ERNESTO M. PERNIA
Socioeconomic Planning Secretary
Press Conference on the Performance of the Philippine Economy
for First Quarter of 2018
May 10, 2018; 10:00 am
Astoria Plaza, Ortigas Center, Pasig City
Colleagues from the Philippine Statistics Authority,
Coworkers in government,
Friends from the media,
Ladies and gentlemen,
We are pleased that the performance of the Philippine economy for the first quarter of 2018 hit 6.8 percent. This is the tenth consecutive quarter the economy was able to achieve an output expansion of 6.5 percent or above. It is at par with market expectations and close to the low-end of our full-year growth target of 7.0 to 8.0 percent for 2018.
Parenthetically, if not for the Q1 2017 to Q1 2018 rate of increase in inflation, real GDP growth could have been well within our growth range target of 7 – 8 percent.
In any case, the Philippines remains one of the best performing economies in the region, next to Vietnam’s 7.4 percent growth, same as China, and higher than Indonesia’s 5.1 percent.
This performance demonstrates that we have firmly laid the groundwork for reforms in some of the sectors.
On the demand side, the upbeat performance in public construction, government consumption, and capital formation indicates that our reform efforts are bearing fruit and infrastructure development is accelerating, as planned.
However, despite improving labor market conditions, private consumption eased to 5.6 percent due to rising inflation and interest rates, and weaker consumer confidence.
External demand also weakened significantly. Growth in exports of goods eased to 2.9 percent, after consistent growth averaging 21.1 percent in 2017. Net exports thus worsened during the quarter. This is something we need to keep an eye on.
On the supply side, the 7.9 percent growth in industry was backed by the manufacturing and construction sub-sectors’ continued robust expansion. Again, this indicates that our Build! Build! Build! program is gaining ground.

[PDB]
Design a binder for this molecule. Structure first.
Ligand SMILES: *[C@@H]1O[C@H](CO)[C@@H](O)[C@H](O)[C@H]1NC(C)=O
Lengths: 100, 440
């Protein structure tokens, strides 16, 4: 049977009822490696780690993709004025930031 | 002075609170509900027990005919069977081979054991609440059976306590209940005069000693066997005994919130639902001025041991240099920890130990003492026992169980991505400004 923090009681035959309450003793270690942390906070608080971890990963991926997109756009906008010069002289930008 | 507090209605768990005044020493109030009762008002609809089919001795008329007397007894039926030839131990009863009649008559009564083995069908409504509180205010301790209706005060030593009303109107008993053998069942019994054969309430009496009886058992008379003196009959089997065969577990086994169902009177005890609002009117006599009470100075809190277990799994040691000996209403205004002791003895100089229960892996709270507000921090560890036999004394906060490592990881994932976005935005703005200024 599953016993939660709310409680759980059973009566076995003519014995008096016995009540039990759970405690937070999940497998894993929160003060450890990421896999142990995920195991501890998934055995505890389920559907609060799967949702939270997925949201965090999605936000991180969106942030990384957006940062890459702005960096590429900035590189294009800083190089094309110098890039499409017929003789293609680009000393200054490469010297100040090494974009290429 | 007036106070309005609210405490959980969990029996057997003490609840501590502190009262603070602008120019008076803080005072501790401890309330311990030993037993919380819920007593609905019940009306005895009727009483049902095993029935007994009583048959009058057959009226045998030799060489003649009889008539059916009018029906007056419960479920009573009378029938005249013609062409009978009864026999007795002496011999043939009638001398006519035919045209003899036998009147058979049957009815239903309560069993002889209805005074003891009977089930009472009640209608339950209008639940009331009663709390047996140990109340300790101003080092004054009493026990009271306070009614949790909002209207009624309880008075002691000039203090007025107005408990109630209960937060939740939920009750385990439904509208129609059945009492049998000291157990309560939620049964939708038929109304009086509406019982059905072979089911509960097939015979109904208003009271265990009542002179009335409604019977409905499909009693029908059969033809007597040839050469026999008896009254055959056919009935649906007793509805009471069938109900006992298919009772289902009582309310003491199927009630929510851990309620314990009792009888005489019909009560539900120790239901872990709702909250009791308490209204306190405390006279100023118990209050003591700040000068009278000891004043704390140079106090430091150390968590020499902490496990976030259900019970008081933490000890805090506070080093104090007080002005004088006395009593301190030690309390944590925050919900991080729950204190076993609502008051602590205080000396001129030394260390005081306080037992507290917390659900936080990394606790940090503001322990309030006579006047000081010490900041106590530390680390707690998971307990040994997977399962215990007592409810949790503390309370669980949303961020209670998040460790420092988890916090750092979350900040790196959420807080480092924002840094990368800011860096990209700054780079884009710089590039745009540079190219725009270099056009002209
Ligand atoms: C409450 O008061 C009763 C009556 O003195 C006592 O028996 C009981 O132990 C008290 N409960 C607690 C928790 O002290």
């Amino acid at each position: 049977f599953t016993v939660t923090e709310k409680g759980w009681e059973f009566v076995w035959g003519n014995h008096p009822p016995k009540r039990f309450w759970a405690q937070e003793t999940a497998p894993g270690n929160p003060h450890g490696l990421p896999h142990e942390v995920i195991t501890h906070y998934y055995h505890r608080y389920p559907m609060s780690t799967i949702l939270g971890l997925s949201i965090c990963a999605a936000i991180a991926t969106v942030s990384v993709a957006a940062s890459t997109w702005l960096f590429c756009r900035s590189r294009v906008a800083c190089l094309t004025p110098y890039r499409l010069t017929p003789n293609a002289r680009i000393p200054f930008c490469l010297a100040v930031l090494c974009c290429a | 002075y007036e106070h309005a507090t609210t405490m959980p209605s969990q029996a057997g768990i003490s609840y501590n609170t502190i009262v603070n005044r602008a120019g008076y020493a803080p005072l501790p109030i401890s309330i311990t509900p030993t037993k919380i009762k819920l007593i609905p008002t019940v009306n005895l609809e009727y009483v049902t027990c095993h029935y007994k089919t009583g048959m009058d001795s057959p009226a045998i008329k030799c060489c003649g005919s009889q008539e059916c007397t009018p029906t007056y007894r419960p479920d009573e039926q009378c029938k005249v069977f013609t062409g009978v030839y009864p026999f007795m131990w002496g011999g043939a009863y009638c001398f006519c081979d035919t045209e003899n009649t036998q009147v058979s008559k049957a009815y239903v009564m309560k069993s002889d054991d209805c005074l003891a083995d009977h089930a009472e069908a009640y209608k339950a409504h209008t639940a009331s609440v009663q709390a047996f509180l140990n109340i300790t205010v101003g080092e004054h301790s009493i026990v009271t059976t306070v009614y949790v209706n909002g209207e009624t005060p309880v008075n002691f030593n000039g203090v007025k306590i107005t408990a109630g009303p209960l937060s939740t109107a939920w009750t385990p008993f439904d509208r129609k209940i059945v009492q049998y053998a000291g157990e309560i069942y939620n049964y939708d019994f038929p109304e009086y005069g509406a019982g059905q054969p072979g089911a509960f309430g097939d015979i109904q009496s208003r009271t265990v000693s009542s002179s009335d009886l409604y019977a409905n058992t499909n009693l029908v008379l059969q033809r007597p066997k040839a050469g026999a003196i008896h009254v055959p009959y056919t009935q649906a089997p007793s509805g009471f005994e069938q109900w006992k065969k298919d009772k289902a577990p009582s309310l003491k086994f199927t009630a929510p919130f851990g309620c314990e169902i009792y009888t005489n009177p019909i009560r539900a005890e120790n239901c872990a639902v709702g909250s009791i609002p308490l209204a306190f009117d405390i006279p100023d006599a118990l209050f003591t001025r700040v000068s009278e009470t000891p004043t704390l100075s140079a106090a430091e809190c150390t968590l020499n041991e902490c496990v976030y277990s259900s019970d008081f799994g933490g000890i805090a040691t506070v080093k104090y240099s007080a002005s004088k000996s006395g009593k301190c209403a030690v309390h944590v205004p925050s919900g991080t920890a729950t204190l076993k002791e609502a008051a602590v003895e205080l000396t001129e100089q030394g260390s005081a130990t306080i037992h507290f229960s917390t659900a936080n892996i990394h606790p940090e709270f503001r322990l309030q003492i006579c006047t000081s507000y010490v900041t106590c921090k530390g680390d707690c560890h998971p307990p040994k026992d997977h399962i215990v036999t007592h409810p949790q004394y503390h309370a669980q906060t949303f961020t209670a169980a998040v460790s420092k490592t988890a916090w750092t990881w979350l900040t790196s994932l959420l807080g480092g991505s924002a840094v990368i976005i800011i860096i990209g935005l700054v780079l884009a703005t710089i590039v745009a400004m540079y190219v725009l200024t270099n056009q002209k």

The services sector also grew by 7.0 percent but agriculture growth weakened to 1.5 percent, after bouncing back from El Nino last year. The fishing subsector further declined by 3.7 percent, its fourth consecutive quarter of decline.
Let me just highlight that production of palay and corn increased, growing by 4.6 and the 4.7 percent, respectively, coming from a high base. Yet, the consumer price of these commodities is on the rise. This calls for a comprehensive study. The fisheries sub-sector also calls for closer study. Indeed, for inclusive and sustained growth to happen, the agriculture and fisheries sector needs extensive and deep reforms.
But even as we face challenges, we remain hopeful that at least the lower end of the full year GDP growth range target of 7-8 percent is doable. Domestic demand is expected to increase in view of the recently approved tax reform package, which is deemed to boost income and consumption of tax payers. However, we need to boost investor and consumer confidence to sustain this growth.
For consumers, we need to address sources of rising inflation, even if the uptick brought by the temporary effects of TRAIN are expected to gradually ease. In the short term, we need to hasten mitigating measures such as the Unconditional Cash Transfer to the poorest 50 percent of households, plus the Pantawid-Pasada subsidy for jeepney drivers.